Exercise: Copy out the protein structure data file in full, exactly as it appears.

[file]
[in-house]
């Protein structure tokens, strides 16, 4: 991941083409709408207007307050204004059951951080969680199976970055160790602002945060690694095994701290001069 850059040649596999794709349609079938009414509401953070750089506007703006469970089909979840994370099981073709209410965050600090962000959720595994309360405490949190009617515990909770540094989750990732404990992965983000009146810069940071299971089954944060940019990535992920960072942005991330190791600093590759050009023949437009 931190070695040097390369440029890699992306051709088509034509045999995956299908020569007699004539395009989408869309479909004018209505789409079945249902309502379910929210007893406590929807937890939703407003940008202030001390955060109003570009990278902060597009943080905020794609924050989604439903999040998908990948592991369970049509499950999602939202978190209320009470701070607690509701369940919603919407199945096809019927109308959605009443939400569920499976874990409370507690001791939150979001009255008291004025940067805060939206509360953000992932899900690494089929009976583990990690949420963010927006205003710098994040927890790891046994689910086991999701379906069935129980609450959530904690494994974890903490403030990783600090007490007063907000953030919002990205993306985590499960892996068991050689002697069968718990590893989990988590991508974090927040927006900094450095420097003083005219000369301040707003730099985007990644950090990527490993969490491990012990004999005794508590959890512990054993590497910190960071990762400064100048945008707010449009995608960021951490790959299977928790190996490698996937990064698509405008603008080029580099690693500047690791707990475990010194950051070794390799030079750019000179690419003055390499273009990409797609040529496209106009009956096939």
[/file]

[in-house]
């Protein structure tokens, strides 16, 4: 991941083409709408207007307050204004059951951080969680199976970055160790602002945060690694095994701290001069 850059040649596999794709349609079938009414509401953070750089506007703006469970089909979840994370099981073709209410965050600090962000959720595994309360405490949190009617515990909770540094989750990732404990992965983000009146810069940071299971089954944060940019990535992920960072942005991330190791600093590759050009023949437009 931190070695040097390369440029890699992306051709088509034509045999995956299908020569007699004539395009989408869309479909004018209505789409079945249902309502379910929210007893406590929807937890939703407003940008202030001390955060109003570009990278902060597009943080905020794609924050989604439903999040998908990948592991369970049509499950999602939202978190209320009470701070607690509701369940919603919407199945096809019927109308959605009443939400569920499976874990409370507690001791939150979001009255008291004025940067805060939206509360953000992932899900690494089929009976583990990690949420963010927006205003710098994040927890790891046994689910086991999701379906069935129980609450959530904690494994974890903490403030990783600090007490007063907000953030919002990205993306985590499960892996068991050689002697069968718990590893989990988590991508974090927040927006900094450095420097003083005219000369301040707003730099985007990644950090990527490993969490491990012990004999005794508590959890512990054993590497910190960071990762400064100048945008707010449009995608960021951490790959299977928790190996490698996937990064698509405008603008080029580099690693500047690791707990475990010194950051070794390799030079750019000179690419003055390499273009990409797609040529496209106009009956096939």